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Historians Reject Resolution Condemning Israel's Treatment of Palestinians

Line of AHA Members heading to the Business Meeting 1-9-17 (courtesy:  Rob Townsend)

Inside Higher Ed News Story

HAW Account of the Vote

The Tower News Story 

● AJC Welcomes American Historical Association Rejection of Anti-Israel Resolution

A passionate debate over the resolution that claimed Israel has been blocking Palestinians' access to educational facilities has ended in a decisive defeat for the critics of Israel.  The vote at the Business Meeting at the annual convention of the American Historical Association was 51 in favor, 111 opposed. The vote brings to an end (for now) the controversy that has roiled the organization since the resolution was introduced at last year's meeting.  

The historians who tried but failed last year to persuade the AHA to consider a resolution critical of Israel gave notice this past fall that they planned to reintroduce the measure, giving themselves plenty of time to round up support. 

By taking early action they hoped to answer one of the chief objections of critics, who argued at last year's meeting that historians hadn't been given enough time to think through the implications of the proposed resolution.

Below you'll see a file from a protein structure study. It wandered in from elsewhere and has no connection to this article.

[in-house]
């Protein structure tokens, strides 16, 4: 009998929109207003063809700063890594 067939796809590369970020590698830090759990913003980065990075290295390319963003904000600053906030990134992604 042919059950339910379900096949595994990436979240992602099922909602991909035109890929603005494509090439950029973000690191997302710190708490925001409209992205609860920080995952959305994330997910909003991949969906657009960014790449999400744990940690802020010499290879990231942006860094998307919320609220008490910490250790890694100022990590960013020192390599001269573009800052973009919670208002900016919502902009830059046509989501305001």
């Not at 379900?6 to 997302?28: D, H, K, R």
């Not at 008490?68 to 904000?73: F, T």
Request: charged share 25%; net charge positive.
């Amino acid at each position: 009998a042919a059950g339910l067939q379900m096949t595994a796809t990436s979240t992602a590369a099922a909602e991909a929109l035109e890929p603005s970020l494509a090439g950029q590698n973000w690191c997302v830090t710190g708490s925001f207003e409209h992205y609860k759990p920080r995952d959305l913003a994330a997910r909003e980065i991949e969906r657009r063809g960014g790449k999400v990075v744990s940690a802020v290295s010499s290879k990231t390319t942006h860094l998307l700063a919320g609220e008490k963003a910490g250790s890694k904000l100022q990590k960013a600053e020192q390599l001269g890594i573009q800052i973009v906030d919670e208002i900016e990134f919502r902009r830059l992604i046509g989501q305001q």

Both sides waged aggressive campaigns, posting full-page dueling ads in Perspectives, the AHA's monthly news magazine. 

The proposed resolution would have put the AHA on record against Israel's alleged practice of restricting the rights of Palestinian educators. Judging by the advertisement in Perspectives, more than fifty historians, including several past presidents of the AHA, supported the resolution.

Opponents argued that the indictment of Israel leaves out the context in which Israel's actions have taken place. 

The debate over the resolution ranged beyond the question of Israel's treatment of Palestinians.  Many historians worried that the organization would be damaged if it weighed in on a controversial issue that sharply divides both scholars and the public.  

The AHA vote undoubtedly will be hailed by supporters of Israel, who have lost several similar votes at scholarly organizations in the past few years.  In 2013 the American Studies Association overwhelmingly voted in favor of a resolution to boycott Israel.  This past November the members present at the annual meeting of the American Anthropological Association voted decisively in favor of a boycott of Israeli academic institutions.  The vote will now be put before the full membership.